This is a wonderful, quick read of some of the most interesting ship wrecks and mysteries of the Great Lakes. Each of the ten chapters contains the story of one ship wreck or sea monster and is well written, concise and informative. The author starts in the late 1600s and takes the reader right to the present day, including personal accounts, newspaper reports and eyewitness accounts. Having grown up on the shore of Lake Ontario and sailed her waters I found this brief history of some of the tragedies and mysteries very personable, and fascinating.
DivineMissW on LibraryThing More than 1 year ago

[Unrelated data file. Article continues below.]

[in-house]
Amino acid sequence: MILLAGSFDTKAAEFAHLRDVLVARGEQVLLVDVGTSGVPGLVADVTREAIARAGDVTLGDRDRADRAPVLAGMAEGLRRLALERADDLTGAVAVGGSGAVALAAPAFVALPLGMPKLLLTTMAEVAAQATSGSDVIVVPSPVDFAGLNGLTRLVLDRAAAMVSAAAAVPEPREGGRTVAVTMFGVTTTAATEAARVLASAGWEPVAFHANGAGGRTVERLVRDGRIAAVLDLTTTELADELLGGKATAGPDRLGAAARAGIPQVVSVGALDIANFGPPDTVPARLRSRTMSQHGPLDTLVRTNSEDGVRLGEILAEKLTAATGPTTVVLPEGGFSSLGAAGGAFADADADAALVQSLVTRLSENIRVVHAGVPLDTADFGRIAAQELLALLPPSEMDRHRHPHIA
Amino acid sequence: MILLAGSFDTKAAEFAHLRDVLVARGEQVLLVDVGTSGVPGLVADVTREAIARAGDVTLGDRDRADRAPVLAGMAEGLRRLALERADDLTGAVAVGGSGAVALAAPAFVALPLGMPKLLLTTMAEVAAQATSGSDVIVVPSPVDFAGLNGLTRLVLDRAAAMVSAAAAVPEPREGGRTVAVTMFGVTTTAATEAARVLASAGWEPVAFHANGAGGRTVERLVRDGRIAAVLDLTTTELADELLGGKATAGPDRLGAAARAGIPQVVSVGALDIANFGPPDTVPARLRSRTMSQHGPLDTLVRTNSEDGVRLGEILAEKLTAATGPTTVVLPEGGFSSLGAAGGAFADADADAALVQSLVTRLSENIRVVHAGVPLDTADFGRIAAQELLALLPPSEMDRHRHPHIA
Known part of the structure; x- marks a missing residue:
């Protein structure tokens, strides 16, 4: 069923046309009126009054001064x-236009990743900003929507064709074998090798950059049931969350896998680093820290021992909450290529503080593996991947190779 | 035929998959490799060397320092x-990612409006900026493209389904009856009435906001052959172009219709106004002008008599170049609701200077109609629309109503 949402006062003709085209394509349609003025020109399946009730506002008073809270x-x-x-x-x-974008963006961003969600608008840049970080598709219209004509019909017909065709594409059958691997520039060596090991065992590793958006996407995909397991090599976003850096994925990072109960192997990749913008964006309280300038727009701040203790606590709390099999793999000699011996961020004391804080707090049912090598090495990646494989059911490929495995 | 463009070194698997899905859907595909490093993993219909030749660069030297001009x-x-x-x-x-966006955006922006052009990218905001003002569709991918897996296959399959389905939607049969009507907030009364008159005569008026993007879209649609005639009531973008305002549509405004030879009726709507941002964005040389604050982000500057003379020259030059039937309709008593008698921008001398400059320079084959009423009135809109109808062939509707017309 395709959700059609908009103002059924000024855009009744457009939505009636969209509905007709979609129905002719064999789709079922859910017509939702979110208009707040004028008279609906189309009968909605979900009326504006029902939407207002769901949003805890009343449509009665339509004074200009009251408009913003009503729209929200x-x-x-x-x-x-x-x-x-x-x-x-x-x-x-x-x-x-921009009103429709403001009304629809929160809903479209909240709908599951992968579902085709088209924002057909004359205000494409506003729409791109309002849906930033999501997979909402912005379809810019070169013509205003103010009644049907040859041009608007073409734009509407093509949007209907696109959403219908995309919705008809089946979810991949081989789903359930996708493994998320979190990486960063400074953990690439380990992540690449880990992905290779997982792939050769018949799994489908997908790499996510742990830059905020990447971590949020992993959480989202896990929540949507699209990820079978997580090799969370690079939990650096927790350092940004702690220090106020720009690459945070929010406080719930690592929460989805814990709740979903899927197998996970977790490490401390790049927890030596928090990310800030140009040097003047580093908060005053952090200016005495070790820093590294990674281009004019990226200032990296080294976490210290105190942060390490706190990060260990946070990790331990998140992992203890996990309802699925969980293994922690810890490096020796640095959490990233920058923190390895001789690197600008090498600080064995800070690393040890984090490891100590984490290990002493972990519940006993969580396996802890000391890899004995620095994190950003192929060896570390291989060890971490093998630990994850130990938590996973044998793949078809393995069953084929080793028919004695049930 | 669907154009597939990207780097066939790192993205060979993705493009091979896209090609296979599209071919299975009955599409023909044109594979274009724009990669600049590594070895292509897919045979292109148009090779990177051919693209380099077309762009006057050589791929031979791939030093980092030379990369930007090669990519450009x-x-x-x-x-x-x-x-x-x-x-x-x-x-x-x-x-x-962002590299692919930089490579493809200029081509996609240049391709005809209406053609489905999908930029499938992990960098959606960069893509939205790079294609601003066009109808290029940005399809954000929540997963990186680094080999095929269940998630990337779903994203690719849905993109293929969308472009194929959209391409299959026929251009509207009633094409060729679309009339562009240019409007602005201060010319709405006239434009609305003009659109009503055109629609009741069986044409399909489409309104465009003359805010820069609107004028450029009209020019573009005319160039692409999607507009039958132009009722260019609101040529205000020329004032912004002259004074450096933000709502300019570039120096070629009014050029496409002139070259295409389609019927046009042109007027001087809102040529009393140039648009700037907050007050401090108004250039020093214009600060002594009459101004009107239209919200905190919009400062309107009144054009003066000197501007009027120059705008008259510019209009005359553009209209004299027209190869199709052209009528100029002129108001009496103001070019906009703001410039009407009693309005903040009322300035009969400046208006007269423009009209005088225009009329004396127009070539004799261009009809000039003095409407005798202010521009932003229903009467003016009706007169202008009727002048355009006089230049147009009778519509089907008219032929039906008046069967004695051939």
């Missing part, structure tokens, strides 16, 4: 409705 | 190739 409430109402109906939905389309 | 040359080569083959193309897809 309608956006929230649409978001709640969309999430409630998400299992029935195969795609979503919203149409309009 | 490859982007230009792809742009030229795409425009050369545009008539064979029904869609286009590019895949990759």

I enjoyed reading this book and would recommend it to anyone who is looking for a brief treatise on Great Lakes shipwrecks. High school students would probably enjoy this book most as it has a simple, easy to read style, with a dry non-nonsense delivery. This a small book about a large subject. If you are interested in Great Lakes maritime lore, this is a good place to start. In the 80 pages it explores some the shipwrecks on the Great Lakes and the some of the mysteries behind the wrecks. I enjoyed the pictures of the ships displayed throughout the book. I live in Michigan and have heard the Monsters stories too through the years, but I like most other Michiganers, dismiss them as folklore and over active imaginations.If you thought the lakes are just a serene and quiet getaway spots this book will inform you otherwise. The Great Lakes have and always will be treacherous and those who think otherwise have been sorely misinformed. While not a vast as the oceans, many sailors, passengers and cargo have been lost during the voyages through these waters. Though beautiful to sit along and sail upon, one is remined that even the mighty have fallen in the waters and caution and respect are always necessary.I think this book will whet the interest of those who read it and send readers who want to explore this topic in more depth to other more detailed books.This book was sent to me by Tundra Books publishers for my review.